stimulates the pancreas to secrete pancreatic juice and cause the hepatopancreatic sphincter to relax, which permits the flow of both bile and pancreatic juice into the duodenum

36

how long is the common bile duct?

7.5 cm long

37

where is the common bile duct located?

descends behind superior portion of duodenum and head of pancreas to enter descending portion of the duodenum

38

what is the pancreatic duct also called?

duct of wirsung

39

what two ducts come together to form the hepatopancreatic ampulla?

common bile duct and pancreatic duct

40

pancreatic duct and common bile duct remain separated in what % of people?

40%

41

what is a common site for impaction of gallstones?

hepatopancreatic ampulla

42

the presence of the hepatopancreatic sphincter causes a protrusion into the lumen of the duodenum known as what?

duodenal papilla

43

what position places the gallbladder closer to the IR?

prone

44

what does the supine position do for the gallbladder?

drain the gallbladder into the duct system

45

contrast medium was ingested orally for a cholecystogram and was called ?

oral cholecystogram (OCG)

46

what are the 4 advantages of US of the gallbladder over ocg's

no ionizing radiation, able to detect small calculi, no contrast medium, less patient prep

47

what does chole- mean?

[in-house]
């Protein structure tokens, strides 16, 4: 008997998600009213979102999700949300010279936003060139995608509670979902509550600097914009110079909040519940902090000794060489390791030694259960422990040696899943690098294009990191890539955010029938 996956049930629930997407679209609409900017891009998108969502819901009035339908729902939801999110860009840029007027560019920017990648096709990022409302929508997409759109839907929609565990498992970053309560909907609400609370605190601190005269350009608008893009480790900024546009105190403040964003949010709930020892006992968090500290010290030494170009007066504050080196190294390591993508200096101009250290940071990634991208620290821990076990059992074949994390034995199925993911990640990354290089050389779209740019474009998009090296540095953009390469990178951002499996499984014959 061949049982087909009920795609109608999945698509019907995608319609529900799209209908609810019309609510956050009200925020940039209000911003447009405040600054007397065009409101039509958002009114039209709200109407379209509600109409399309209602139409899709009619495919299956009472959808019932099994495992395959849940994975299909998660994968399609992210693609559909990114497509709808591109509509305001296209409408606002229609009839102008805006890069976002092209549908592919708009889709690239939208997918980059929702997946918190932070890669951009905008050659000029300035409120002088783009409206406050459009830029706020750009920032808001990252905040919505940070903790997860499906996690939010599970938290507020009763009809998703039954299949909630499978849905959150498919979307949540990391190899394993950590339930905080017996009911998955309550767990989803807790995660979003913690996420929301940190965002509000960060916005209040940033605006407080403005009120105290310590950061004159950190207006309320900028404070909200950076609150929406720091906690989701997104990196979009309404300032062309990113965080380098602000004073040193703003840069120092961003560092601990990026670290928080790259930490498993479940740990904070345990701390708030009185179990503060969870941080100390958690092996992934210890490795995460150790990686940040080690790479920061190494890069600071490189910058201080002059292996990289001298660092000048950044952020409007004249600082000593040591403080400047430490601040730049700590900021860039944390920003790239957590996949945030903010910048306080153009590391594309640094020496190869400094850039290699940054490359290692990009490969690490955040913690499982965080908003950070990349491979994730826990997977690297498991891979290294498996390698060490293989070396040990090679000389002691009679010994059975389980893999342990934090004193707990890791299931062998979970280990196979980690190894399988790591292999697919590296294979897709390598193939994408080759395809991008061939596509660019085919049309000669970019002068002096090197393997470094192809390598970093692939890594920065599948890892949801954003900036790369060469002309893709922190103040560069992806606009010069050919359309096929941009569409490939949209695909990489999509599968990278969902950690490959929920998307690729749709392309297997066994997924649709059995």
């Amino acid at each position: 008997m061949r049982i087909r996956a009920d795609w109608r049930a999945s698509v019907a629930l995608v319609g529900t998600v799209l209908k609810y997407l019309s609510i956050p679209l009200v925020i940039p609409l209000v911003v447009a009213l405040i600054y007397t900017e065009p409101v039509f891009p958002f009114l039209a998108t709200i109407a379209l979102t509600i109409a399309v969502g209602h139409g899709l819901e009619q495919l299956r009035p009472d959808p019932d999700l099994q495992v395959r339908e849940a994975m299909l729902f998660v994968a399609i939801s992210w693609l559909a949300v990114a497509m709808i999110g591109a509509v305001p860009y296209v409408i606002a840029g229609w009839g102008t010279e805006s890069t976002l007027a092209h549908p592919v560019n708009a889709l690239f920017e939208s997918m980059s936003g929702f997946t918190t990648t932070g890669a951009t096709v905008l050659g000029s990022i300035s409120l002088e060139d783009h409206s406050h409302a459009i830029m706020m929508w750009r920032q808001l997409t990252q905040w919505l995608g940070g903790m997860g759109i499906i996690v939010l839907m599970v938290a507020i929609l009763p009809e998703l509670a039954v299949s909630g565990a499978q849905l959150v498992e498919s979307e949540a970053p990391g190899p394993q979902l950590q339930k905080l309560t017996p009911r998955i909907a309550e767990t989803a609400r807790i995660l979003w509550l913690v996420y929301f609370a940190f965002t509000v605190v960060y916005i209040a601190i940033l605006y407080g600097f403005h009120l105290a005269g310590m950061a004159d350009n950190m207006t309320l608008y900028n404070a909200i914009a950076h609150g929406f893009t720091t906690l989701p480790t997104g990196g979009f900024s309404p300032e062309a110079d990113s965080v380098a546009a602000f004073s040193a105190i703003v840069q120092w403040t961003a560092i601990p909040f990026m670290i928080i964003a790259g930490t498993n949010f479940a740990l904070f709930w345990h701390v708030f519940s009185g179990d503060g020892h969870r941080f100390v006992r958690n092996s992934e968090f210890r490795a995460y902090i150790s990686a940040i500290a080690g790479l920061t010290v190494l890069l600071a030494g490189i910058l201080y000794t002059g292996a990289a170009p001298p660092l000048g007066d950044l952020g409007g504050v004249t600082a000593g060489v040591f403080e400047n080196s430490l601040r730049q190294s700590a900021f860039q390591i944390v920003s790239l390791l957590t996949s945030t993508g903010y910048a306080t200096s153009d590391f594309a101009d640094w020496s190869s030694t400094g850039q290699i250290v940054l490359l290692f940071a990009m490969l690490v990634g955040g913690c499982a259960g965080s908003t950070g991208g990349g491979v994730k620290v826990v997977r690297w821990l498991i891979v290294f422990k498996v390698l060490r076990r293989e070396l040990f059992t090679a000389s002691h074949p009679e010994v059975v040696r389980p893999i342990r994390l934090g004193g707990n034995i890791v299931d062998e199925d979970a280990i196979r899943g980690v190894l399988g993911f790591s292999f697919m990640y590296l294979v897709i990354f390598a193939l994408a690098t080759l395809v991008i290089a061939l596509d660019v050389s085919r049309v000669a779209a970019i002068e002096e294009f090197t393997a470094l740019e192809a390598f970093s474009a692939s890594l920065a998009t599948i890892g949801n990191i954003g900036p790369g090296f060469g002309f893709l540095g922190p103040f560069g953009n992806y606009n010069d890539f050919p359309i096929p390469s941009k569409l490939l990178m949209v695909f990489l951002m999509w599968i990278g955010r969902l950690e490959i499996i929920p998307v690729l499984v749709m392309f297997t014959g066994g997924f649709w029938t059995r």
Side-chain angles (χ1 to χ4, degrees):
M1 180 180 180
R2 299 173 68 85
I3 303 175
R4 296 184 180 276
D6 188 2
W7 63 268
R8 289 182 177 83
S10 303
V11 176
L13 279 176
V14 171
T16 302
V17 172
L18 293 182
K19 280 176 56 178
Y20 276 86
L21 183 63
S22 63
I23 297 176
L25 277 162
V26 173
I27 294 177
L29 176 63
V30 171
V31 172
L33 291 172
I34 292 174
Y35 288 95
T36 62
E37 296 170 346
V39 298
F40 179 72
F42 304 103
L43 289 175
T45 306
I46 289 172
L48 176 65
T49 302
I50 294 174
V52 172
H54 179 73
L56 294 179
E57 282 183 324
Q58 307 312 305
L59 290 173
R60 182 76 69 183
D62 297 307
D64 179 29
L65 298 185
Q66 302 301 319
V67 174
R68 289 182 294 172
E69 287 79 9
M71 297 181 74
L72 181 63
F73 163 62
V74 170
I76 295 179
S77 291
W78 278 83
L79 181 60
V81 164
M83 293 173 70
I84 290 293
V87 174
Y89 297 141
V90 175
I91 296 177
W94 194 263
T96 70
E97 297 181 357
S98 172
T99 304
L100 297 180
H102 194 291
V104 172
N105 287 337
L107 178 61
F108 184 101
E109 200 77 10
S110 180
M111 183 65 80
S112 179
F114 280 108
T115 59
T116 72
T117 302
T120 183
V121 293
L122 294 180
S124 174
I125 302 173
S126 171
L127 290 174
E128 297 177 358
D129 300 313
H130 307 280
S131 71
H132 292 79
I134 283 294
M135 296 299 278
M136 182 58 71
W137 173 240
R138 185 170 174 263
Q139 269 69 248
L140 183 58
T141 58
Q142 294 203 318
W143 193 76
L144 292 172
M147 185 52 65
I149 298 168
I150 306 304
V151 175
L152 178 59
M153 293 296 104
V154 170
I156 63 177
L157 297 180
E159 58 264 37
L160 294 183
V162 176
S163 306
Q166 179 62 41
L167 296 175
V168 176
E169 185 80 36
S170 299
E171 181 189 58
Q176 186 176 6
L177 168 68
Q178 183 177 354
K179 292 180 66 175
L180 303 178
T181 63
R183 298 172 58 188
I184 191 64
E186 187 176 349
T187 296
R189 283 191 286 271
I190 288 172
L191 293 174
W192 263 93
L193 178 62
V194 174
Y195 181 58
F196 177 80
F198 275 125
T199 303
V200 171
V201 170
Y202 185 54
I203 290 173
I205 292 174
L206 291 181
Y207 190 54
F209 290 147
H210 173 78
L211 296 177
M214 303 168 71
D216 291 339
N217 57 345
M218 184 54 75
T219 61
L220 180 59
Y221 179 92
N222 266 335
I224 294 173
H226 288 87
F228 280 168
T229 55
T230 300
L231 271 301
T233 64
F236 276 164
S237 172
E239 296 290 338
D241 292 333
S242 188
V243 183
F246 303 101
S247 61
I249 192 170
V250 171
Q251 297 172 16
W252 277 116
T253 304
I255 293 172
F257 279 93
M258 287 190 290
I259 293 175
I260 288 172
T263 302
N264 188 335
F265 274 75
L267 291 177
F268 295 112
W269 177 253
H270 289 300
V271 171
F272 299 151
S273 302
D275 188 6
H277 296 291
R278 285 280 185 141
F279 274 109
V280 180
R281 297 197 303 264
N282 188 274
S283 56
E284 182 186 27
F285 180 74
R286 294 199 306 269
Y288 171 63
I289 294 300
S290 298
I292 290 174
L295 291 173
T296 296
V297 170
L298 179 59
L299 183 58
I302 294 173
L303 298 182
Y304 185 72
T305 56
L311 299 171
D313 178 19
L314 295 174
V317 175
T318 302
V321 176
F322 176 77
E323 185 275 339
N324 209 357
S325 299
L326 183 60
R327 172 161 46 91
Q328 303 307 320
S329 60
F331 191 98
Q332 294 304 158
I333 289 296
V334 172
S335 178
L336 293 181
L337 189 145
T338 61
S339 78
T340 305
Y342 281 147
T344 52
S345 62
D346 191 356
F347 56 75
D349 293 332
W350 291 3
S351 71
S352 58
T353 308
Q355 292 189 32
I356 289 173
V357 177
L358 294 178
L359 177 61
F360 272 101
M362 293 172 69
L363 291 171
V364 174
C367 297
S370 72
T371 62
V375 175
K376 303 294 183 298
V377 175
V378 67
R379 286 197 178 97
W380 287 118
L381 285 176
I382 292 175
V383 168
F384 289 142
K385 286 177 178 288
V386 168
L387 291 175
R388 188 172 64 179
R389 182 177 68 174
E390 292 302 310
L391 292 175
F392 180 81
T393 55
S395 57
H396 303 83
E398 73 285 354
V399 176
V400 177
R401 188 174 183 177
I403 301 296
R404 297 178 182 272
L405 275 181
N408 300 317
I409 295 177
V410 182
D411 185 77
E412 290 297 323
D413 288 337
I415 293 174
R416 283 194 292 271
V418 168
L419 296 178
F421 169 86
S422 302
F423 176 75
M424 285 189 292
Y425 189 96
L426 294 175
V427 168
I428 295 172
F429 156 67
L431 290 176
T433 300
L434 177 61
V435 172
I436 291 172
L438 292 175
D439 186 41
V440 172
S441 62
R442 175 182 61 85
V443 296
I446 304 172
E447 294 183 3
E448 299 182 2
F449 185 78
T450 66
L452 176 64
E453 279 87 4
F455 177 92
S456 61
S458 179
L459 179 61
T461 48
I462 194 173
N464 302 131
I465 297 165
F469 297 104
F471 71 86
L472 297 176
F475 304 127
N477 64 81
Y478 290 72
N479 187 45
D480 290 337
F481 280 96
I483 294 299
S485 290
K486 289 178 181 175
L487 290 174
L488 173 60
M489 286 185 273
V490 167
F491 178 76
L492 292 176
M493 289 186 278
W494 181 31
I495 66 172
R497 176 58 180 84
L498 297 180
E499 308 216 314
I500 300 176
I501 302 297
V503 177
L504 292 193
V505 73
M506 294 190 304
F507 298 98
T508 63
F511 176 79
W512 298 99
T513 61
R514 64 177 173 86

relationship with bile

48

what does cysto- mean?

bag or sac

49

what does choledocho-

common bile duct

50

what does cholangio- mean

bile duct

51

what does cholecyst-mean ?

gallbladder

52

what does choledocholithiasis mean?

presence of having stones in the biliary ducts

53

what are some symptoms of choledocholithiasis

pain, jaundice, tenderness in RUQ, pancreatitis

54

what are the 4 F's for gallstones?

female, fat, forty, and fertile

55

what percent of gallstones are radiolucent?

85-90%

56

what is milk calcium bile?

Emulsion of biliary stones in the gallbladder, emulsion builds up of calcium deposits within gallbladder may be difficult to diagnose with ocg

57

what is cholecystitis?

inflammation of the gallbladder, can be acute or chronic

58

what is neoplasms?

growths that can be benign or malignant, cancer of GB can be aggressive

59

what is biliary stenosis?

narrowing of one of biliary ducts, may restrict flow of bile leading to obstruction

60

what is deglutition

swallowing

61

what is dysphagia

difficulty swallowing

62

what is dysphasia

difficulty speaking

63

what is cathartic?

an agent causing active movement of bowels

64

what are the accessory organs of the UGI?

salivary glands, pancreas, liver, gallbladder

65

what is the route of the alimentary canal?

oral cavity, pharynx, esophagus, stomach, duodenum and small intestine, large intestine, anus

66

what is the length of the GI tract?

about 30 feet long form the esophagus to the end of large intestine

67

about how long is the esophagus?

10inches

68

about how long is the stomach?

10 inches

69

about how long is the small intestine?